Maurice Walton shares his experience to serve as a warning to other swimmers
We were swimming in Windermere from Fell Foot Park. I swam the first half mile or so at a great pace without stopping for a breather (as I may normally have done) because I felt really good, everything was right about the swim and it is difficult to beat that feeling. Little did I know things were about to go horribly wrong.
I’d set off without my tow float as I had forgotten the waist strap. Someone offered to tie it to my wet suit zipper strap but I decided against it. Too much trouble.
I stopped after half a mile to see where the others were – there were 15 of us and we had all swum together many times before. I was well out in front so I decided to continue to our normal stopping place at the end of the first leg of our regular swim but when I started swimming again I just had no power. I felt breathless in an odd sort of way and had a very mild ache across my chest, which I immediately put down to indigestion.
After continuing to swim very slowly I decided to tread water and wait for the others. I chatted for five minutes and decided to head back down the lake following the shoreline rather than continue. I mentioned this to a couple of people and we set off in opposite directions. I was expecting to have recovered sufficiently to make it back to our changing area easily but very quickly discovered that I didn’t even have enough energy to swim more than a few strokes. The feeling that this was probably serious started to well up inside me and I made sure I could stand up for regular breaks.
This went on for about 10 minutes until I spotted a good place to get out so that if things did get worse I would be on dry land, albeit alone and not where the others thought I would be. I walked through a couple of fields and managed to climb a wall and a fence then skirt around the back of the buildings to find my gear and get changed. I had the same dull ache in my chest, it never altered in intensity and could not have been described as a pain, certainly nothing that would have required a pain killer. I felt breathless but not the same as after exercise or an allergic reaction to grass or dust as in asthma and managed to convince myself and the others that I had indigestion and a bit of over-exertion. One of the swimmers persuaded me to go for a coffee, we had a cake and I felt rather better. Refusing to let them drive me home I then set off to drive about 35 miles, keeping off the motorway as I was not sure what was going on inside my chest. Once home, I rang the doctor and called in. Within less than 10 minutes I was in the back of the ambulance.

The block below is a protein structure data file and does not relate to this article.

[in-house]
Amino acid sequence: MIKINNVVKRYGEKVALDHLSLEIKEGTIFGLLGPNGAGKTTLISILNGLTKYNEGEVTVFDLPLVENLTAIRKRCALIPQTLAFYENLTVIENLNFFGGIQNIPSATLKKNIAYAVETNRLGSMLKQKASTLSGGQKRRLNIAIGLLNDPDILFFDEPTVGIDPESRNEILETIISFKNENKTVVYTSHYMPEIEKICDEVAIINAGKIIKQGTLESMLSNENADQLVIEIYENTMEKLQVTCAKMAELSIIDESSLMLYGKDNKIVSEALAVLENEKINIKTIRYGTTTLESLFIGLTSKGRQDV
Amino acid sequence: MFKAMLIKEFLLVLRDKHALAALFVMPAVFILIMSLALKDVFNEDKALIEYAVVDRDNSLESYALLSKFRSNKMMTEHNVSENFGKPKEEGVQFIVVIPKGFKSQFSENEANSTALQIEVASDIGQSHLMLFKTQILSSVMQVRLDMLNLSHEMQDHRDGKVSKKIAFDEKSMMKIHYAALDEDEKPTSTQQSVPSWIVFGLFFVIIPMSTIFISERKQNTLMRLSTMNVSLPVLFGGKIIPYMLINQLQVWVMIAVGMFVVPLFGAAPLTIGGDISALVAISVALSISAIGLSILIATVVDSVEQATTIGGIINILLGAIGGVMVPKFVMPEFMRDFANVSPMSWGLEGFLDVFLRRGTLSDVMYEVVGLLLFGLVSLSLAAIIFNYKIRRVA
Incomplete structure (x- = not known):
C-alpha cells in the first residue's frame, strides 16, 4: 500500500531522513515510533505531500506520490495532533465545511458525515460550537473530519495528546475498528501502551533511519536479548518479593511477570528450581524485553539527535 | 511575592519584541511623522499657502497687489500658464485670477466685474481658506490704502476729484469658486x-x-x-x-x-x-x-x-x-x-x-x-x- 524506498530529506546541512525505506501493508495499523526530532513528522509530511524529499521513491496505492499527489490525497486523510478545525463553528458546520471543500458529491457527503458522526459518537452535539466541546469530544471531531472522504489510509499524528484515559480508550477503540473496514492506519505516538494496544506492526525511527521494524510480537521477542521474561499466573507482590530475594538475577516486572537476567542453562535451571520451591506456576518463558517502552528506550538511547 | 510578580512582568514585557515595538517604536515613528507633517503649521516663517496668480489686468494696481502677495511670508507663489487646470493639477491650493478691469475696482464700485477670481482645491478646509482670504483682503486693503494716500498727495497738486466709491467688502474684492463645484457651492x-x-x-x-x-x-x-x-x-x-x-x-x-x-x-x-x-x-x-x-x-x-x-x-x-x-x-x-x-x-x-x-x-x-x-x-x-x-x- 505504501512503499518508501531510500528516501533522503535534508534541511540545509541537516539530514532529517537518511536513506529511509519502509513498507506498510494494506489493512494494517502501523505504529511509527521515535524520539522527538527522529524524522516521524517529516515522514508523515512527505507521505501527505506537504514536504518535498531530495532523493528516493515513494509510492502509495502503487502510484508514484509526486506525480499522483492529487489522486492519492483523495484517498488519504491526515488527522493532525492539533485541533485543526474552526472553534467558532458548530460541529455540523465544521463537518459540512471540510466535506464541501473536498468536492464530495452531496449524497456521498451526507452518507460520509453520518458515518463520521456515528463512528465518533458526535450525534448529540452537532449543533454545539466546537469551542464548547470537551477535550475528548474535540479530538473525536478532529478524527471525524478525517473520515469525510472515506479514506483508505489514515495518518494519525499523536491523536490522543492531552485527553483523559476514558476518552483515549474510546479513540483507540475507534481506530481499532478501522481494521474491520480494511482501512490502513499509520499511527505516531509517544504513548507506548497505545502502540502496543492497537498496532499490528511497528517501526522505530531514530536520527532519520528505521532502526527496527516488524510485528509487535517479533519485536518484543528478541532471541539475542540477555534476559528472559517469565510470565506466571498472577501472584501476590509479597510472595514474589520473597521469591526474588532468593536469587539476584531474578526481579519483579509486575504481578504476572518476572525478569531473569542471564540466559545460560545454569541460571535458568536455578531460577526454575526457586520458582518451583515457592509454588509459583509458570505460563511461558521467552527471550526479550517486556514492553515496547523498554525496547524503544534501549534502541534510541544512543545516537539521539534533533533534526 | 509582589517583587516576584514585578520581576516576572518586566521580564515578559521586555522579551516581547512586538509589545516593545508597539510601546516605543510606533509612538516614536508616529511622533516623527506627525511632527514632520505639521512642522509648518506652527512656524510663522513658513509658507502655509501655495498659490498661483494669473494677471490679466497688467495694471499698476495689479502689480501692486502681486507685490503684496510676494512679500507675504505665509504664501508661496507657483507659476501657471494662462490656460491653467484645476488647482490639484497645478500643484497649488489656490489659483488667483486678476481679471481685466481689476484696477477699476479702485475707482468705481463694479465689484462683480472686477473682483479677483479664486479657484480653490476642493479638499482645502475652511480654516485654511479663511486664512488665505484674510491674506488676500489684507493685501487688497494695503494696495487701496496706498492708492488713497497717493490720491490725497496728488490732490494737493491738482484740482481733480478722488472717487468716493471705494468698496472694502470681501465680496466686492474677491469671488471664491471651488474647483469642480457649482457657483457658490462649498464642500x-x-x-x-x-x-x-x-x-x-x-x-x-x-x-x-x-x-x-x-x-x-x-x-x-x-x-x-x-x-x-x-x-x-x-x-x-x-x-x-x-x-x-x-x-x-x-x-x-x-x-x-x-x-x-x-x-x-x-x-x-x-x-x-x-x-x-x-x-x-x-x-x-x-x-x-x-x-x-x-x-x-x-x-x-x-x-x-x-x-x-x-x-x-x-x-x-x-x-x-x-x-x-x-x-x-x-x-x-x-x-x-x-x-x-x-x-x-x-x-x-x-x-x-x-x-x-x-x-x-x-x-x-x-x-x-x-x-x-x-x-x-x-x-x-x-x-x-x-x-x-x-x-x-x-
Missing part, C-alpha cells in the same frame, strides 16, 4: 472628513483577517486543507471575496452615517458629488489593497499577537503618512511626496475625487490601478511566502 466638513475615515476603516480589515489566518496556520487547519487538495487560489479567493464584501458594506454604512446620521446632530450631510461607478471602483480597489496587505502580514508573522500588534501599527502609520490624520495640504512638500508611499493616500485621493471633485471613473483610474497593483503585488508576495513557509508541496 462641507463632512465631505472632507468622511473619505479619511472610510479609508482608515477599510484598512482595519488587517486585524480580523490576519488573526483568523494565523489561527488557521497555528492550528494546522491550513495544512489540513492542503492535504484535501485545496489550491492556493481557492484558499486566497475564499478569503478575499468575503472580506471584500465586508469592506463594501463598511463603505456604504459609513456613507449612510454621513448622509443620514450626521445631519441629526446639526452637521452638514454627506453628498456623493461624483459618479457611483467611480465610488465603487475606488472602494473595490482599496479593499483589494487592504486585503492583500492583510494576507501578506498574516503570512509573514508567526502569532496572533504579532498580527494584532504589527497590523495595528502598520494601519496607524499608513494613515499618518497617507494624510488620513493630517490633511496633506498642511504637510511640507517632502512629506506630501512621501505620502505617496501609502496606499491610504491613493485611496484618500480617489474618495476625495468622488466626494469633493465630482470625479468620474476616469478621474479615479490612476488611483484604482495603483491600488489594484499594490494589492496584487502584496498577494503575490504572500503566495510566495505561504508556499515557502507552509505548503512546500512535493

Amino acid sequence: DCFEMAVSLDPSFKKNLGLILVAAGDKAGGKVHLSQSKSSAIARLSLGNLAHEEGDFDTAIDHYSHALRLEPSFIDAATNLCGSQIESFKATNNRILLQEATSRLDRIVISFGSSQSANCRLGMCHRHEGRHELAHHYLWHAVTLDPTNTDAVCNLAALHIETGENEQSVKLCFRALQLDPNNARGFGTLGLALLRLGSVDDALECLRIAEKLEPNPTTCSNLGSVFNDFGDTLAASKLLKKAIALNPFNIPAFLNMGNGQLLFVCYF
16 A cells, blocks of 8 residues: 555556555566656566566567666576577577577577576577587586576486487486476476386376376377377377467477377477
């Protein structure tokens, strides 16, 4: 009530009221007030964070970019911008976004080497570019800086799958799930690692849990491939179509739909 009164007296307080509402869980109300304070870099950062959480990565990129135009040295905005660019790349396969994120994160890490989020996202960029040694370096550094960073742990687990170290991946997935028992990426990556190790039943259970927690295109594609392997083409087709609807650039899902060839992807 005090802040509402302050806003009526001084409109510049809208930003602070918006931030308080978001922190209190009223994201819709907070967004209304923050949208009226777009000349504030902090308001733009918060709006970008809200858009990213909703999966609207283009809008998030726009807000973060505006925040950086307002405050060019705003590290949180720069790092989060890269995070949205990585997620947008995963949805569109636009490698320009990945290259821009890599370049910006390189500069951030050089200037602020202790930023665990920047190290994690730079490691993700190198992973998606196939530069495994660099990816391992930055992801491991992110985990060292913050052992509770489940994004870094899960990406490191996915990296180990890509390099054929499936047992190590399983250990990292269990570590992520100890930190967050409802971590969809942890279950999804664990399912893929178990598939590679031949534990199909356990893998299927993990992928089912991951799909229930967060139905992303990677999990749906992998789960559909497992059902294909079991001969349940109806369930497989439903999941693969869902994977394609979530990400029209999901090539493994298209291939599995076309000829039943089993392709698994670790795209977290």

I had suffered a suspected heart attack and this was quickly confirmed by the initial blood test in A&E and also by ECG. I was in hospital for five days and had both an ecocardiogram and angiogram that showed the problem area to be at a fork in a coronary artery that was impossible to fix by using a stent. Luckily, the consultant is confident that the medication will sort this out and I will be fine.
It may not sound so dramatic now, but I suspect I may be very lucky to be alive. I’m 56 years old and fairly fit. Heart attack wasn’t on my radar but possibly should have been. I’m hoping by sharing this I can raise awareness of the danger and help someone else avoid the same fate or worse.
If you’d like to find out more, bhf.org.uk is a great resource